Fannie, Freddie shares fall further on bailout talk

21 August 2008

Shares in US mortgage lending giants Fannie Mae and Freddie Mac hit an 18-year low yesterday, on fears over the government-sponsored firms' business prospects.

Last week, a report in Barron's financial journal suggested that a government bailout of the mortgage lenders was likely due to their revenue concerns.

In turn, this follows recently-passed legislation, allowing the US Treasury to lend unlimited sums to Fannie and Freddie.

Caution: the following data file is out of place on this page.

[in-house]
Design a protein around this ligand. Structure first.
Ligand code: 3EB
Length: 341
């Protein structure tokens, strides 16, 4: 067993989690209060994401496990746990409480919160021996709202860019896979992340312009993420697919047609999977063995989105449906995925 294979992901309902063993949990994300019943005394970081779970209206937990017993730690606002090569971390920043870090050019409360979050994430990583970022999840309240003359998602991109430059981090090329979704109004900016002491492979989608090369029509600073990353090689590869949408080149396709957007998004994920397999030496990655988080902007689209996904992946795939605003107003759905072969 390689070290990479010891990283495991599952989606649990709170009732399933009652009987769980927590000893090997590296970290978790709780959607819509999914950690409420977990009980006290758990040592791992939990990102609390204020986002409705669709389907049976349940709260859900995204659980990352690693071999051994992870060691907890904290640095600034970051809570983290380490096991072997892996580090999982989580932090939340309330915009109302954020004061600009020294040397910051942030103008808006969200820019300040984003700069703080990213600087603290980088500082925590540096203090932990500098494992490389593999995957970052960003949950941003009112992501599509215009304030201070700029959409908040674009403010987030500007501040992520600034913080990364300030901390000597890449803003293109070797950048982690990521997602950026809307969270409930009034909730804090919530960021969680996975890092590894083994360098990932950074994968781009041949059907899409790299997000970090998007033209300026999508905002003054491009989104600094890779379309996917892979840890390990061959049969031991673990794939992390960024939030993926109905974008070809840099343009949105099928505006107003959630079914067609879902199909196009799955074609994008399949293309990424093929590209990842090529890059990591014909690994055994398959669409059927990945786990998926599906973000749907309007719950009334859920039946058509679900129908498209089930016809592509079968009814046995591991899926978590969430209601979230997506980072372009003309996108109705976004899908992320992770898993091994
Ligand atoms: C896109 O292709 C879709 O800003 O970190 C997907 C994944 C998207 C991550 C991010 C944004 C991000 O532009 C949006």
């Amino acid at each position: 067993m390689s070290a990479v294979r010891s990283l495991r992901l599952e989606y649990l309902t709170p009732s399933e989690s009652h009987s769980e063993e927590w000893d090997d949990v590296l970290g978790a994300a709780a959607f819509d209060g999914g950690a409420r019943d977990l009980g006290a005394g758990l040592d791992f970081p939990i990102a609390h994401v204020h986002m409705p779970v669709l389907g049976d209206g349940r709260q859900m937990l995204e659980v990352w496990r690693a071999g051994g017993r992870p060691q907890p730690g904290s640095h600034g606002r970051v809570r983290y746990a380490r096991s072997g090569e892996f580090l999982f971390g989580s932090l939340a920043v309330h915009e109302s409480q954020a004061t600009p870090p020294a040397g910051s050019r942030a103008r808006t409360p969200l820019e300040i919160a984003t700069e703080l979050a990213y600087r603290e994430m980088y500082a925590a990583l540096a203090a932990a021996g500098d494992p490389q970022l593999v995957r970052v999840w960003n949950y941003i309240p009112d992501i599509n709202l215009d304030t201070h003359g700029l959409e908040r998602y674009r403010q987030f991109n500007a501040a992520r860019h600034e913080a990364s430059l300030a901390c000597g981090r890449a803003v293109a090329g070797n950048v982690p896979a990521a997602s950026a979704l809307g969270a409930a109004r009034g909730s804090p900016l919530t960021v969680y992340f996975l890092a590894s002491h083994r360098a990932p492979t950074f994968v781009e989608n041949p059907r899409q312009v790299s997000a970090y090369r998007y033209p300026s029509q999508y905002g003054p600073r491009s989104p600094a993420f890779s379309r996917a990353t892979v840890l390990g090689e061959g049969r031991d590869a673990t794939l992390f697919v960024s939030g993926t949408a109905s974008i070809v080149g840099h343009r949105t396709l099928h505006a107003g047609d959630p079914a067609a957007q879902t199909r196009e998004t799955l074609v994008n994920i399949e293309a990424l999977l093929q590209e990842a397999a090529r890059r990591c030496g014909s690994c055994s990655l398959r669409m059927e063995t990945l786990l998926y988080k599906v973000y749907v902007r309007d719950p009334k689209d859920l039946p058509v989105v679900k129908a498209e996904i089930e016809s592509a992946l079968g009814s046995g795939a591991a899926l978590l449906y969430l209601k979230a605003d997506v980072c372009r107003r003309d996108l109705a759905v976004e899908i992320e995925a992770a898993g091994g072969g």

The Wall Street Journal also reported yesterday that executives at the two lenders - who between them hold $2.5 trillion in mortgage debt - will meet with government officials, and potentially map out a bailout plan.

Stock in both firms closed 20 per cent lower yesterday.

Speaking to the Washington Post, Fox-Pitt Kelton Cochran Caronia Waller analyst Howard Shapiro said: "I don't think we can rule out a government intervention. Fannie and Freddie are crucial to stabilizing the housing market, and the housing market is crucial to stabilizing the banks and the financial services industry.

"Perception creates its own reality."

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